Abstract

This is an overview of papers published in the present volume of Russian Geology and Geophysics (Geologiya i Geofizika), a special issue that covers presentations at the International Conference “Geodynamic Evolution, Tectonics, and Metallogeny of Orogens”, held on 28–30 June 2010 in Novosibirsk (http://altay2010.igm.nsc.ru). The workshop concerned the general evolution of the Central Asian orogenic system, with a special focus on continental growth, history of oceans and continental margins, and role of plumes in accretionary-collisional tectonics and metallogeny. The discussed papers are grouped in three sections: 1. General issues of geodynamics and geodynamic evolution; 2. Role of mantle plumes in tectonics, magmatism, and metallogeny; 3. Regional tectonic and geodynamic problems of Asia.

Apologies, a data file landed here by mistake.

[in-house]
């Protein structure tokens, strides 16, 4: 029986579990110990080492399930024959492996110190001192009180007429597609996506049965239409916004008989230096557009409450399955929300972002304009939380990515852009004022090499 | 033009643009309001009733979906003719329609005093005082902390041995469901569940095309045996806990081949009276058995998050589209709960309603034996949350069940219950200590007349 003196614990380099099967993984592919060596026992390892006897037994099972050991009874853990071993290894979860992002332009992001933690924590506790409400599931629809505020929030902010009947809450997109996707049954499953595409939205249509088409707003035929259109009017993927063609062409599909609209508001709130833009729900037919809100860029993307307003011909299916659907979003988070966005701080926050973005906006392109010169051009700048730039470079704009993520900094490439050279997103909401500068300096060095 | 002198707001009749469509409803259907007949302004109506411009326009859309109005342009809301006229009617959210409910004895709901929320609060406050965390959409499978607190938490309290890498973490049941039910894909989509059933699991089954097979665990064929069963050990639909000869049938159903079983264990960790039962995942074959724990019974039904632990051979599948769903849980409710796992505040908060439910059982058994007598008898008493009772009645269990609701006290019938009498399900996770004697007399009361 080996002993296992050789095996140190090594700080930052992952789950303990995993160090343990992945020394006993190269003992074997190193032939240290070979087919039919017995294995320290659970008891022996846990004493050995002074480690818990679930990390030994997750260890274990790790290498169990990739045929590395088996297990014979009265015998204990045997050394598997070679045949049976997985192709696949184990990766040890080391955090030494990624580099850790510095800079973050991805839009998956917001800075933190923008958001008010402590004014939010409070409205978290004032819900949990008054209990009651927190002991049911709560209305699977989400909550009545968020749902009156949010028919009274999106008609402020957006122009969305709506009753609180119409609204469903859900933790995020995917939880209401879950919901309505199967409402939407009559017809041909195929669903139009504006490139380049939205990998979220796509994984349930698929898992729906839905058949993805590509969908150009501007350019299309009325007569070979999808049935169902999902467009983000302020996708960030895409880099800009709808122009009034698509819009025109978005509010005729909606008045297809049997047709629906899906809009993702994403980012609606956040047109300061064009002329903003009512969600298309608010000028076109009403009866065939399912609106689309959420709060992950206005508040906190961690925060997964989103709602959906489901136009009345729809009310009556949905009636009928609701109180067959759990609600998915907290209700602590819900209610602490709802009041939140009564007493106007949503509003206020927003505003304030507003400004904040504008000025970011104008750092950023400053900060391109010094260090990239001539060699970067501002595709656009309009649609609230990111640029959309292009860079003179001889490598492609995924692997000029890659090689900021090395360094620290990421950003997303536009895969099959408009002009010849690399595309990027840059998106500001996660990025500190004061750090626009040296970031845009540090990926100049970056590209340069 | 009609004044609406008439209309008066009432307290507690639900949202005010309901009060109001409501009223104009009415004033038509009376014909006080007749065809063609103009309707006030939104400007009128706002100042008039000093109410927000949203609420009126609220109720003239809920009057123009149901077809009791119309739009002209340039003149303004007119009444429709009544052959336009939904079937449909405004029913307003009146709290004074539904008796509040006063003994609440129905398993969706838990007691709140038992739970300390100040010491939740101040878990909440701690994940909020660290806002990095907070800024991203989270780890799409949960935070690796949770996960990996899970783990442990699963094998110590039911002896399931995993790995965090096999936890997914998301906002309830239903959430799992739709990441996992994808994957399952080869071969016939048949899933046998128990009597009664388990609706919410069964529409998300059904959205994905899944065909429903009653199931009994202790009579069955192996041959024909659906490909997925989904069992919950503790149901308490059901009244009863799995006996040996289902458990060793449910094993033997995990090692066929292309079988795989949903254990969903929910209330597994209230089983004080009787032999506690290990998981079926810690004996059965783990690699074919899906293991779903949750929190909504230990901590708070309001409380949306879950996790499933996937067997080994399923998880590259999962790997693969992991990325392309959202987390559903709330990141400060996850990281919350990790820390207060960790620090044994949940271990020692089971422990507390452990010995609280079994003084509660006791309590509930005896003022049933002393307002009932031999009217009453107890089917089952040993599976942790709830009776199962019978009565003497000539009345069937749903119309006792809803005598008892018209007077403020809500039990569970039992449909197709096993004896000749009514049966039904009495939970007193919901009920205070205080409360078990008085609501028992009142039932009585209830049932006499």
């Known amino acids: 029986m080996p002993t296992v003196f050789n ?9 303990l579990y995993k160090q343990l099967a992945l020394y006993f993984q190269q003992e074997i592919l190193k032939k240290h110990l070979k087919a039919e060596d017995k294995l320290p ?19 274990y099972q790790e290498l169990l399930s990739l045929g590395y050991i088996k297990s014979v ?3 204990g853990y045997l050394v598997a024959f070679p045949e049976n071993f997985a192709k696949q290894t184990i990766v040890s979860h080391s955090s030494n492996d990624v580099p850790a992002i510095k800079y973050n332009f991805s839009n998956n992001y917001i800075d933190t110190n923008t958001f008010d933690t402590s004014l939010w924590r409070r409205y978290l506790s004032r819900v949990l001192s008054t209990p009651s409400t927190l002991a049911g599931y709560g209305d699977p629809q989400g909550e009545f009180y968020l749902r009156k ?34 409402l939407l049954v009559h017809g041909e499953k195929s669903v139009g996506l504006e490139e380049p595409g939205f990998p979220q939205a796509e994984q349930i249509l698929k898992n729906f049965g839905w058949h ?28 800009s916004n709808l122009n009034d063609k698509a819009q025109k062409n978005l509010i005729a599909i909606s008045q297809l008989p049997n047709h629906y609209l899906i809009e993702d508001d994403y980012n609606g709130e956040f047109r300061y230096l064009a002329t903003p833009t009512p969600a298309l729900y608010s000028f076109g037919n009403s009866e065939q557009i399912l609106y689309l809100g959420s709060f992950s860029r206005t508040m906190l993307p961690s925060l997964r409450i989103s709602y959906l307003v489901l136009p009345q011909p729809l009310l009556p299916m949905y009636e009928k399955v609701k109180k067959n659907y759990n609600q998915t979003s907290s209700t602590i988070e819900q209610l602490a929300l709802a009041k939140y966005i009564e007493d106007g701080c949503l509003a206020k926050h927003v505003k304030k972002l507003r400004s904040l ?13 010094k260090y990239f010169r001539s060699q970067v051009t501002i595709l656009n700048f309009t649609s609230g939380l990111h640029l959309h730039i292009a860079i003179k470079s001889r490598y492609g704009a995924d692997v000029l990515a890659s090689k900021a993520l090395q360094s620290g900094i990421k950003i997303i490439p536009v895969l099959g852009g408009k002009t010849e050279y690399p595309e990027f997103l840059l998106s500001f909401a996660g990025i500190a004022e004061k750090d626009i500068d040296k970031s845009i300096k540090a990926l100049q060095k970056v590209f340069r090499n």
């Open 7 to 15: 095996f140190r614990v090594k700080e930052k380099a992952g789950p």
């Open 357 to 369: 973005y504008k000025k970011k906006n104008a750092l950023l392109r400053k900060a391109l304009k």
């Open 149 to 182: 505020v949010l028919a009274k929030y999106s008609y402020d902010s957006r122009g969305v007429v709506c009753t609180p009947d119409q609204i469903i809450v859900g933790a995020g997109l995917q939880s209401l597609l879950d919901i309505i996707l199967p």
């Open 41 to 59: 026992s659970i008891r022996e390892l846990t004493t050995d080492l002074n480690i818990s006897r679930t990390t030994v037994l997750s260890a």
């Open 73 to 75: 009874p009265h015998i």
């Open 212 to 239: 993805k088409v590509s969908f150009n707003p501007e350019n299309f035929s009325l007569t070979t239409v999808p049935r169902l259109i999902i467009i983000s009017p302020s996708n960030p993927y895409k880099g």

The synthesis of data reported at the workshop demonstrates critical importance of mantle plumes for the evolution of the Paleoasian ocean and for orogenic processes in Central Asia.

In addition to three large pulses of continental growth at about 2900–2700, 1900–1700, and 900–700 Ma, three orogenic stages have been distinguished in the geological history of Eurasia: Late Cambrian–Ordovician (510–470 Ma), Late Devonian–Early Carboniferous (380–320 Ma), and Permian–Triassic (285–230 Ma). In the evolution of the Central Asian orogen, these stages were associated with events of ultramafic-mafic and bimodal plume magmatism which promoted translithospheric strike-slip faulting. Plume magmatism was an active agent in ocean opening when the Paleotethys, Ural, Ob–Zaisan, and Turkestan basins appeared while the Late Cambrian–Ordovician orogen was forming in Central Asia (North Kazakhstan, Altai–Sayan, Tuva, and Baikal areas). Closure of the Ob–Zaisan ocean and collision of the Kazakhstan–Baikal continent with Siberia in the Late Devonian–Early Carboniferous was coeval with the maximum opening of the Turkestan ocean, possibly, as a consequence of plume activity. The Tarim (285–275 Ma) and Siberian (250–230 Ma) superplume events corresponded in time to closure of the Ural ocean and opening of the Meso- and Neotethys, as well as to major metallogenic events.

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